Wednesday, November 12, 2008

Bailout plan drops purchase of "toxic mortgage assets"; Internet gambling snuffed by fiat

Stock markets reacted negatively Wednesday when outgoing Treasury Henry Paulson announced, at a morning press conference, that none of the TARP (Troubled Asset Relief Program) money would go right now (at least in the first portion) toward purchasing “toxic assets” (securitized bad loans) to retire them. Instead they would go toward purchasing preferred shares of many banks. Paulson says that this will help banks get lending more and reduce job losses. Paulson also wants to look at auto loans, student loans and credit card debts. As of yet, he has not turned much attention to mortgages, although the FDIC itself has.

Nevertheless, investors ran for the covers, with stocks dropping during his speech. The Dow ended the day down over 400 points, getting close to testing the support levels of previous lows. They act as if they feel uneasy by Paulson’s changing plans and making different promises every time he speaks, despite the doomsday scenario when he first proposed a bailout in September as a purchase of the bad mortgages.

There is more talk of some soft of bailout of the auto industry, or perhaps a Chapter 11 bankruptcy and reorganization from which it could emerge and become profitable again. A collapse of the US auto companies, possible even before Obama takes office, could send the economy into prolonged depression.

Debeorah Solomon’s article in the Wall Street Journal is “Bailout’s Next Phase: Consumers,” link here.

CNBC has a detailed analysis of how Paulson's action could lower interest rates for consumers and stimulate the "real economy" here. Curiously, this analysis is not pessimistic the way most investor sentiment seemed to be.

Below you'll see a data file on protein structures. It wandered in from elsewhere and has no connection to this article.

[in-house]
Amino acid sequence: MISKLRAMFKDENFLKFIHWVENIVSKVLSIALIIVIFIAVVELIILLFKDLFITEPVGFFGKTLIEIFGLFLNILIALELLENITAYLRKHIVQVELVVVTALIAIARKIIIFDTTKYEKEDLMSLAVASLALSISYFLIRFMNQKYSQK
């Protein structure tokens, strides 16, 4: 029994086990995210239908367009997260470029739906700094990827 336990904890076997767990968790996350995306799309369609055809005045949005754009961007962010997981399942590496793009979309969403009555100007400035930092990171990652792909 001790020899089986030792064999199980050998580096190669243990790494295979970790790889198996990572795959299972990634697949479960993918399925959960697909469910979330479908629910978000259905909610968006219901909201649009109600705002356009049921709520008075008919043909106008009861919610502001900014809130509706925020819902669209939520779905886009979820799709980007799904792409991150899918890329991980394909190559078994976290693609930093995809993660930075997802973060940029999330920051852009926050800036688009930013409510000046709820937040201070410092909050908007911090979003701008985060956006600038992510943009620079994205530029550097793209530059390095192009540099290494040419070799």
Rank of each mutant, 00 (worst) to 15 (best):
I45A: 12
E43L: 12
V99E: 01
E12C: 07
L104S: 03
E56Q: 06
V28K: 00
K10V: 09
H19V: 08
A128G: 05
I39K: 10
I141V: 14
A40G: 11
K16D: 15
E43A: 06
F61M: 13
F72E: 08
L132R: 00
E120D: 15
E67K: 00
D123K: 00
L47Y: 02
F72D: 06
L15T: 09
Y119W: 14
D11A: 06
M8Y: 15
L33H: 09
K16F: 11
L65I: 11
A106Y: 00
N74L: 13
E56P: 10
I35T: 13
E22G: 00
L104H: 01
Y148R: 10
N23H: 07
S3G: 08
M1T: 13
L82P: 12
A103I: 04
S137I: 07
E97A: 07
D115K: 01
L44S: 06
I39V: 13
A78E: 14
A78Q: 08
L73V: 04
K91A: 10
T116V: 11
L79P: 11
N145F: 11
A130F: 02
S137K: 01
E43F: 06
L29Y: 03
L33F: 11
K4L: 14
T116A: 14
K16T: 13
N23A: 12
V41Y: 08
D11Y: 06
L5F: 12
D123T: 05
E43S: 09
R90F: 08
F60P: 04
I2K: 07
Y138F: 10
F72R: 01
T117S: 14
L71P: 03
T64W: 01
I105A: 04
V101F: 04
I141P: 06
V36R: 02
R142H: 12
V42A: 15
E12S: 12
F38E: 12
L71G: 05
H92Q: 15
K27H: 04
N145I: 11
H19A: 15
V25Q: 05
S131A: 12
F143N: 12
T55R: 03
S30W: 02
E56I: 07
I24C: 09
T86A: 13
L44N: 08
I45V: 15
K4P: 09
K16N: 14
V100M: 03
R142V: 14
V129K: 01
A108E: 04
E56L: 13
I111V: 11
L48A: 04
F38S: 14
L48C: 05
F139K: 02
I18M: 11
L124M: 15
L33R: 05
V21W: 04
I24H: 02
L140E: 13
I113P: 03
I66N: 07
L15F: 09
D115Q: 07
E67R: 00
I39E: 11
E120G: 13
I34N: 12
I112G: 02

Also: Bush Administration complete snuff of Internet gambling:

Curiously today, the Treasury Department issued rules, to be fully in effect by December 2009, to prevent financial institutions from processing transactions related to Internet gambling, essentially banning it. The WSJ story is by Corey Bowles and Jeff Bater, here.

Banks say that implementing the rules will be a burden when they are under financial stress. Because the rules are vague and relate to state laws, they could affect real world gambling by accident. There are also serious precedential (maybe even constitutional) questions about treating Internet business activity differently from real world activity. In the intellectual property area (as with Internet censorship and COPA) courts have generally not allowed this.

My current domain was at one time largely on a domain called (for “High Productivity Publishing”) related to my first book. I gave up hppub in the summer of 2005, and a gambling company took it over immediately. Then that domain disappeared. Curiously, I checked it (hppub) today (on WHOIS) and found that it looks like a new webpage for the Electronic Frontier Foundation, for which I was a plaintiff in COPA. This is very interesting; I will check into why. You can find pages from my old on the Internet Archive or "Wayback Machine".

No comments: